Going To The Kitchen And We're Gonna Get Buried
Lee Anne reveals the ingredients to the sauces in the taste test Quickfire challenge.
Our challenge was to reinvent the taste test challenge in some new way. "Taste what's in the sauce" was our reinvention from last year. This is always sort of a crapshoot with the contestants. Remember Season 3's overconfident spelling bee style match? The producers are always tell me to get more ingredients, "What if there's a tie breaker???" Yeah right.
First of all, my sauces are f*cking great. I love making sauce. There's an infinite art and time consuming caring that goes into making a truly great sauce, from the time it takes to make a proper stock, to all of the multiple times a sauce will get strained and refined as it reduces and builds flavors. I made seven sauces for the producers to choose from including a sea urchin beurre blanc which was to be the tie-breaker, and a coffee and red wine demi glace, a sauce chasseur, and even a sausage gravy. Every sauce had at least twenty ingredients.Here's the list of ingredients for the sauces they tasted:
The Bouillabase: olive oil, chicken bones, lobster bodies, shrimp, carrot, yellow onion, celery, leeks, garlic, shallots, fennel, tomato, parsley, thyme, coriander seed, dried red chile, black pepper, white pepper, salt, sugar, bay leaf, juniper berries, orange peel, saffron, brandy, white wine, Pernod, sherry vinegar, heavy cream, lemon juice
The Green Curry: vegetable oil, chicken bones, yellow onion, carrot, celery, Thai green chilies, ginger, garlic, galangal, lemongrass, kaffir lime leaves, turmeric, thyme, bay leaf, cilantro, Thai basil, shrimp paste, fish sauce, coconut milk, rice vinegar, salt, black pepper, granulated sugar, brown sugar The Mole: Vegetable oil, chicken bones, yellow onion, celery, carrot, garlic, ginger, jalapeno peppers, serrano peppers, dried pasilla chilies, dried guajillo chilies, tomatoes, orange zest, lime zest, epazote, cilantro, thyme, black and white sesame seeds, dried oregano, cloves, coriander, cumin, allspice, cinnamon, salt, black pepper, bay leaf, brown sugar, vanilla bean, Mexican chocolate, peanuts, almonds, pumpkin seed, golden and red raisins
So you see, naming three out of 30 someodd ingredients is kinda lame. They were even allowed to name the "gimme" ingredients, like salt, pepper, and oil. And once you know it's a Thai green curry, or a bouillabase, I mean, use your head, what traditionally goes in those sauces?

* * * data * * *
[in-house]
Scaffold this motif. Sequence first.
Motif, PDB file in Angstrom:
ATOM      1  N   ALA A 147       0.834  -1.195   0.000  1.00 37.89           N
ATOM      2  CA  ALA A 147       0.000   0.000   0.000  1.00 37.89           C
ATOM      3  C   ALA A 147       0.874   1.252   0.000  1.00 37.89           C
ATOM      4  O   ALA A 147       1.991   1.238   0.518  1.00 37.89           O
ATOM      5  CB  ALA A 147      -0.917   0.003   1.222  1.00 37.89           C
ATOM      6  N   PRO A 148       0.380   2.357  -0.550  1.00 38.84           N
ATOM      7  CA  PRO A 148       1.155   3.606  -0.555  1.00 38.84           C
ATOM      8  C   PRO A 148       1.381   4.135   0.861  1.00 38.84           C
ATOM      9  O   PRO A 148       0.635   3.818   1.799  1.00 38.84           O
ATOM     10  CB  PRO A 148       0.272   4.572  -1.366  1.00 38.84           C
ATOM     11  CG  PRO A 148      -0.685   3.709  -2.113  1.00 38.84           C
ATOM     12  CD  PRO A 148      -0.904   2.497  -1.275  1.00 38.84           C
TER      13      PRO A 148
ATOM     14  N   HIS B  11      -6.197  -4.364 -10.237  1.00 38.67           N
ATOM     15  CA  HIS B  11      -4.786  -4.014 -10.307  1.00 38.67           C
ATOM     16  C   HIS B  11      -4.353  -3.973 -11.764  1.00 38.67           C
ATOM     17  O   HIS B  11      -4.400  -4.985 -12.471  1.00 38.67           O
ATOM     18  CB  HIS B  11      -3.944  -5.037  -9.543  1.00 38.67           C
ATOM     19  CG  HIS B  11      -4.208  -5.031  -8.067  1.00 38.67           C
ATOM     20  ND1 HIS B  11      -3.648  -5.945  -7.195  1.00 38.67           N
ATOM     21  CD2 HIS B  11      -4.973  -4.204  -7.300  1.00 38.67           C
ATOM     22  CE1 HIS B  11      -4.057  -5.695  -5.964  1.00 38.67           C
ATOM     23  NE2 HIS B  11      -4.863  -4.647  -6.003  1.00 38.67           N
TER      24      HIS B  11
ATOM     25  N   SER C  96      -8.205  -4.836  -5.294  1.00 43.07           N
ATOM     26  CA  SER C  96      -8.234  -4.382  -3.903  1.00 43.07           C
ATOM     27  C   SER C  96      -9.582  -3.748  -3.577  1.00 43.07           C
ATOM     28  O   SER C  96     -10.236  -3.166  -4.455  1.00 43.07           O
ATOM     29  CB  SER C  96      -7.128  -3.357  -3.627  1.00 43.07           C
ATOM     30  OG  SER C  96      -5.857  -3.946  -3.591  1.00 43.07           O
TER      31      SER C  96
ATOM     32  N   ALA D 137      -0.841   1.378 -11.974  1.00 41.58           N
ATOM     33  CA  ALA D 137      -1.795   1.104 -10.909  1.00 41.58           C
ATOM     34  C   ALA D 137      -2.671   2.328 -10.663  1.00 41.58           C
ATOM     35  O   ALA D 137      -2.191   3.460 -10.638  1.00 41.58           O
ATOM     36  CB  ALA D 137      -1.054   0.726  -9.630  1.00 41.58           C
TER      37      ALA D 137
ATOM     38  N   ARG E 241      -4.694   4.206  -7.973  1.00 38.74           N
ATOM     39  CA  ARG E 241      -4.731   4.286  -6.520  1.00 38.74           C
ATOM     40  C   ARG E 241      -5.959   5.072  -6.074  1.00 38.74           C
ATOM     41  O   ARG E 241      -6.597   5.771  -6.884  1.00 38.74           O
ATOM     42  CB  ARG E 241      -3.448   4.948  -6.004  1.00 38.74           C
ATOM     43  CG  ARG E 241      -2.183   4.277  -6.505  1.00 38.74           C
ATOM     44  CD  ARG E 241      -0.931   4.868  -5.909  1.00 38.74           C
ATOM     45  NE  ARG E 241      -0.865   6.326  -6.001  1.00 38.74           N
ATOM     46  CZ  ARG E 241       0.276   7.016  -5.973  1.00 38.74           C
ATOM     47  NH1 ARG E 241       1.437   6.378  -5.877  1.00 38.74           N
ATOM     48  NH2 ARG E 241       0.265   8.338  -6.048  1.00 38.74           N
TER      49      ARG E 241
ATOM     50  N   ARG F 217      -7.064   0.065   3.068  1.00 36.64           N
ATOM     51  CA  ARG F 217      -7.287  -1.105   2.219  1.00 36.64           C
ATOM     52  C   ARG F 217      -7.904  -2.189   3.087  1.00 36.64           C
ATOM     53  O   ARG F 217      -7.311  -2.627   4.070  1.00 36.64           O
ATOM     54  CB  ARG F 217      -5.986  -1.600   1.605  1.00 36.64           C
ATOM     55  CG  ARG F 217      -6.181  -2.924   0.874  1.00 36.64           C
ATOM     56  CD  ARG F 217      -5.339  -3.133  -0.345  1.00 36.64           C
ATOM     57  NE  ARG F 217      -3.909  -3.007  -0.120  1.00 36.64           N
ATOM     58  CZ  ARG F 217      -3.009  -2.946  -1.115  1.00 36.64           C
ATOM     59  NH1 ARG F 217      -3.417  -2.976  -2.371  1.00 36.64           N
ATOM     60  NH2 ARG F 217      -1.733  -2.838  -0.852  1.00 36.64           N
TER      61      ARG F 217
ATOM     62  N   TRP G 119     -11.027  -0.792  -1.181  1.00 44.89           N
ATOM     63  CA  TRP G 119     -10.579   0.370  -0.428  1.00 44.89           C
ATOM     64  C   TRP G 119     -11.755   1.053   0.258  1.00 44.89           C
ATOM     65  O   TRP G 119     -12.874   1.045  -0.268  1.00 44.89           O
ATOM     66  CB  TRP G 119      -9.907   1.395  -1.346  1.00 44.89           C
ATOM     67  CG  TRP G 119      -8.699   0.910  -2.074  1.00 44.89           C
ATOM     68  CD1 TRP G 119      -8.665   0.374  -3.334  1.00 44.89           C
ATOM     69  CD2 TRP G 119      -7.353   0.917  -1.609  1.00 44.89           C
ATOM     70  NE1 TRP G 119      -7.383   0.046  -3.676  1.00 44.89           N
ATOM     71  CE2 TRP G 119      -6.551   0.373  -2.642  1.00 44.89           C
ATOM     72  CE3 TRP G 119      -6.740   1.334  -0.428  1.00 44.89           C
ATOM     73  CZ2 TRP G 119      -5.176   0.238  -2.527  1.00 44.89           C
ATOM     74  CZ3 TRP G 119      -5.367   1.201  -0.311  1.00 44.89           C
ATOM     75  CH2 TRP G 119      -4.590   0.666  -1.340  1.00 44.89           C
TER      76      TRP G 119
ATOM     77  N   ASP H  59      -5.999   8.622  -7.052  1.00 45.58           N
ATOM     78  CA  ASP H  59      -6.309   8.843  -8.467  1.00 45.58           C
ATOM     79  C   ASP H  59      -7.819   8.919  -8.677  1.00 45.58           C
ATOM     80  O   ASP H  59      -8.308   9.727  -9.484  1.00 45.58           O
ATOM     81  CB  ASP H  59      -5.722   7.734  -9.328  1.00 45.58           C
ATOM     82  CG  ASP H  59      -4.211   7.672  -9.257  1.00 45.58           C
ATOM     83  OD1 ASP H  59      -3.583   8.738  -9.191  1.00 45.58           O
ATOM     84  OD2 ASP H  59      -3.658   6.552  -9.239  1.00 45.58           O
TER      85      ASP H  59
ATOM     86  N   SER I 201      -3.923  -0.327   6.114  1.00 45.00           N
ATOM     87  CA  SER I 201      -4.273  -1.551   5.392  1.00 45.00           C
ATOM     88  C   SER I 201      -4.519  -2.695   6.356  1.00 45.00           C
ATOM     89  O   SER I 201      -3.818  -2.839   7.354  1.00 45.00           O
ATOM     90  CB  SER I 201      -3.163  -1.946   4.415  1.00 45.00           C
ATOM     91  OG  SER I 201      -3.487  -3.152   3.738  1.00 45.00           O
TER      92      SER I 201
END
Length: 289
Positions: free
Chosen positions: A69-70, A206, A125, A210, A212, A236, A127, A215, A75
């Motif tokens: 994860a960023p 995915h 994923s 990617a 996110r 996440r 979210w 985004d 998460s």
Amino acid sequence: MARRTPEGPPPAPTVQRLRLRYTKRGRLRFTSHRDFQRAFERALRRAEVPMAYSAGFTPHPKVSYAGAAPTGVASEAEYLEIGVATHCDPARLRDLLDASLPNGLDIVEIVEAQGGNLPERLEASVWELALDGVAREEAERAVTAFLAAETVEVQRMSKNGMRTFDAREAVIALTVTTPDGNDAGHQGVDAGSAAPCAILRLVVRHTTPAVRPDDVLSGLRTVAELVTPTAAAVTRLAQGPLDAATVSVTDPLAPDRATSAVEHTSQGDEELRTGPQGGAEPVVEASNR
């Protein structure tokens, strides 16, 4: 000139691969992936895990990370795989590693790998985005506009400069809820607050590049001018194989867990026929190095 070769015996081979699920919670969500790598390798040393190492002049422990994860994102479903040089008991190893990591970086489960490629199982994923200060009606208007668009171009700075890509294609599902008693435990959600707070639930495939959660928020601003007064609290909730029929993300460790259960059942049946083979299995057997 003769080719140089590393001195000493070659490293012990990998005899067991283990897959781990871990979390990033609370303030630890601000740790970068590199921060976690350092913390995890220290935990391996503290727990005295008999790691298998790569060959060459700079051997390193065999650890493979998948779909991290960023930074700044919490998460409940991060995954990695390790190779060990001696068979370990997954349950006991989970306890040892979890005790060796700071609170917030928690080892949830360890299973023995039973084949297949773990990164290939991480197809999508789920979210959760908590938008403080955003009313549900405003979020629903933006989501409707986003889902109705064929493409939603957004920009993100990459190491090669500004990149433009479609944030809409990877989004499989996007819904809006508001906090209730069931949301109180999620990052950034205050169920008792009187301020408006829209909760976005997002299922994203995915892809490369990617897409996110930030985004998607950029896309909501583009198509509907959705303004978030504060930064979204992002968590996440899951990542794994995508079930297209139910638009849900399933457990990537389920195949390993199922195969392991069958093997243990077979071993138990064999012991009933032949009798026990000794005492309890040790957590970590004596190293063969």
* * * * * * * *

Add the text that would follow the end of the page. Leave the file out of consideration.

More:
We are starting to see very interesting personality traits from some of our contestants. Jamie in particular this episode is upset that Stefan has beaten her in the Quickfire, but she handed him the opportunity rather than try to name more ingredients herself. And apparently there is an "I" in team as you see it later at Judges' Table when clearly it was Ariane's responsibility for the perfectly cooked lamb, and Jamie wanted to take credit for the entire working of the team's success. She's a very capable, very confident cook, who reminds me of someone else....
Stefan on the other hand is giving Team Euro a bad name with his annoying behavior in and out of the kitchen. Not entirely sure I'd want to work with him either. Add in the Hosea and Leah affair and doesn't this season entirely remind you of summer camp? Gail's bridal shower was the most straightforward challenge we'd given them since the first episode. Create a dish based around the chosen theme and then execute it. How hard could it be? They devised their menus and were allowed to prep the night before. During that time I take their rental orders, in terms of plates and silverware they want to serve their course with, so we can put the order in that evening and have the stuff on-site the next day. Gail's bridal shower party included a table full of food enthusiasts and professionals as most of the guests worked with Gail at Food & Wine magazine, so our chefs had to really knock this one out of the park. Besides it being an important event for ANY bride, this was Gail we were talking about.